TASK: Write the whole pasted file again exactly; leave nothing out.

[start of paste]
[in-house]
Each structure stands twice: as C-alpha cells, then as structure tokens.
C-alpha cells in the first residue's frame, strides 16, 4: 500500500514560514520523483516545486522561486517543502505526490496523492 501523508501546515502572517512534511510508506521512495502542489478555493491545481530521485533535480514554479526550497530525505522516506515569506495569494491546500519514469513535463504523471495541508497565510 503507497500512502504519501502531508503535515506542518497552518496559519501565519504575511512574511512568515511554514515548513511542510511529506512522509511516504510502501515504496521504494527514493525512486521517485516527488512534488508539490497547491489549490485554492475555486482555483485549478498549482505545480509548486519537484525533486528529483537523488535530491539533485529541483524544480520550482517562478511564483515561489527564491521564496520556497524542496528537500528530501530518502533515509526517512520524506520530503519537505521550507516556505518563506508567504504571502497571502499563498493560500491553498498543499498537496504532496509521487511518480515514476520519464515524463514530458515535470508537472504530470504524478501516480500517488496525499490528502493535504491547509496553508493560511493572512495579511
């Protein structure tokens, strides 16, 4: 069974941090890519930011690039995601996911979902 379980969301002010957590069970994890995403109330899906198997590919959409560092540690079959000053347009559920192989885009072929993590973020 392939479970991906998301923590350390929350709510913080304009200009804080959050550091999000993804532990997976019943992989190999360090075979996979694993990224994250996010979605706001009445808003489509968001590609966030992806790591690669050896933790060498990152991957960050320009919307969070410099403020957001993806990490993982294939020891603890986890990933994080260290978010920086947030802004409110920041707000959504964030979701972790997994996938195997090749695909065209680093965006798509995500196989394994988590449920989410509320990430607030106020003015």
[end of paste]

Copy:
[in-house]
Each structure stands twice: as C-alpha cells, then as structure tokens.
C-alpha cells in the first residue's frame, strides 16, 4: 500500500514560514520523483516545486522561486517543502505526490496523492 501523508501546515502572517512534511510508506521512495502542489478555493491545481530521485533535480514554479526550497530525505522516506515569506495569494491546500519514469513535463504523471495541508497565510 503507497500512502504519501502531508503535515506542518497552518496559519501565519504575511512574511512568515511554514515548513511542510511529506512522509511516504510502501515504496521504494527514493525512486521517485516527488512534488508539490497547491489549490485554492475555486482555483485549478498549482505545480509548486519537484525533486528529483537523488535530491539533485529541483524544480520550482517562478511564483515561489527564491521564496520556497524542496528537500528530501530518502533515509526517512520524506520530503519537505521550507516556505518563506508567504504571502497571502499563498493560500491553498498543499498537496504532496509521487511518480515514476520519464515524463514530458515535470508537472504530470504524478501516480500517488496525499490528502493535504491547509496553508493560511493572512495579511
């Protein structure tokens, strides 16, 4: 069974941090890519930011690039995601996911979902 379980969301002010957590069970994890995403109330899906198997590919959409560092540690079959000053347009559920192989885009072929993590973020 392939479970991906998301923590350390929350709510913080304009200009804080959050550091999000993804532990997976019943992989190999360090075979996979694993990224994250996010979605706001009445808003489509968001590609966030992806790591690669050896933790060498990152991957960050320009919307969070410099403020957001993806990490993982294939020891603890986890990933994080260290978010920086947030802004409110920041707000959504964030979701972790997994996938195997090749695909065209680093965006798509995500196989394994988590449920989410509320990430607030106020003015």